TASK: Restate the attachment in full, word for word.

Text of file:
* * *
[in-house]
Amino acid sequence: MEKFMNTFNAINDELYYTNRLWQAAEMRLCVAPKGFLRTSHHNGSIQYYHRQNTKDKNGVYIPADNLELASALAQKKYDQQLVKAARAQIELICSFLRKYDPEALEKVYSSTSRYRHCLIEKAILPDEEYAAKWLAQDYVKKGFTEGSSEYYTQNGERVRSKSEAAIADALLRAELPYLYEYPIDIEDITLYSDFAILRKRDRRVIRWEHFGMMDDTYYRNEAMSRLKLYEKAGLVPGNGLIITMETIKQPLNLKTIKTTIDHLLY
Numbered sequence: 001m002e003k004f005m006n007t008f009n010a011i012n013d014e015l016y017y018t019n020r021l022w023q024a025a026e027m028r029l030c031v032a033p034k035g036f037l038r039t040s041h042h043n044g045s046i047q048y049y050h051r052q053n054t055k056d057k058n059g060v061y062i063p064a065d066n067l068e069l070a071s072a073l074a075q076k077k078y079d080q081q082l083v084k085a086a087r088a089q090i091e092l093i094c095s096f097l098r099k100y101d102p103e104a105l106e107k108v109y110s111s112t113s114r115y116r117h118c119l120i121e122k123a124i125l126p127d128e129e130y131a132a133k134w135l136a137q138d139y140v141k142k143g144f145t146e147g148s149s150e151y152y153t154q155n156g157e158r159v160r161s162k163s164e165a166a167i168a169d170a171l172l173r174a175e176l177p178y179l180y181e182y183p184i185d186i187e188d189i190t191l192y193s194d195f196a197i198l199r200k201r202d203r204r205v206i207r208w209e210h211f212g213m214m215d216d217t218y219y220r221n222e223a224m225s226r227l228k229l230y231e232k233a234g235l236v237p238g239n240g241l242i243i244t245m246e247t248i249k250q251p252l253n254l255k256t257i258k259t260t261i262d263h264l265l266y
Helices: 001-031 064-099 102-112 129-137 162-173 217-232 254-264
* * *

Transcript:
[in-house]
Amino acid sequence: MEKFMNTFNAINDELYYTNRLWQAAEMRLCVAPKGFLRTSHHNGSIQYYHRQNTKDKNGVYIPADNLELASALAQKKYDQQLVKAARAQIELICSFLRKYDPEALEKVYSSTSRYRHCLIEKAILPDEEYAAKWLAQDYVKKGFTEGSSEYYTQNGERVRSKSEAAIADALLRAELPYLYEYPIDIEDITLYSDFAILRKRDRRVIRWEHFGMMDDTYYRNEAMSRLKLYEKAGLVPGNGLIITMETIKQPLNLKTIKTTIDHLLY
Numbered sequence: 001m002e003k004f005m006n007t008f009n010a011i012n013d014e015l016y017y018t019n020r021l022w023q024a025a026e027m028r029l030c031v032a033p034k035g036f037l038r039t040s041h042h043n044g045s046i047q048y049y050h051r052q053n054t055k056d057k058n059g060v061y062i063p064a065d066n067l068e069l070a071s072a073l074a075q076k077k078y079d080q081q082l083v084k085a086a087r088a089q090i091e092l093i094c095s096f097l098r099k100y101d102p103e104a105l106e107k108v109y110s111s112t113s114r115y116r117h118c119l120i121e122k123a124i125l126p127d128e129e130y131a132a133k134w135l136a137q138d139y140v141k142k143g144f145t146e147g148s149s150e151y152y153t154q155n156g157e158r159v160r161s162k163s164e165a166a167i168a169d170a171l172l173r174a175e176l177p178y179l180y181e182y183p184i185d186i187e188d189i190t191l192y193s194d195f196a197i198l199r200k201r202d203r204r205v206i207r208w209e210h211f212g213m214m215d216d217t218y219y220r221n222e223a224m225s226r227l228k229l230y231e232k233a234g235l236v237p238g239n240g241l242i243i244t245m246e247t248i249k250q251p252l253n254l255k256t257i258k259t260t261i262d263h264l265l266y
Helices: 001-031 064-099 102-112 129-137 162-173 217-232 254-264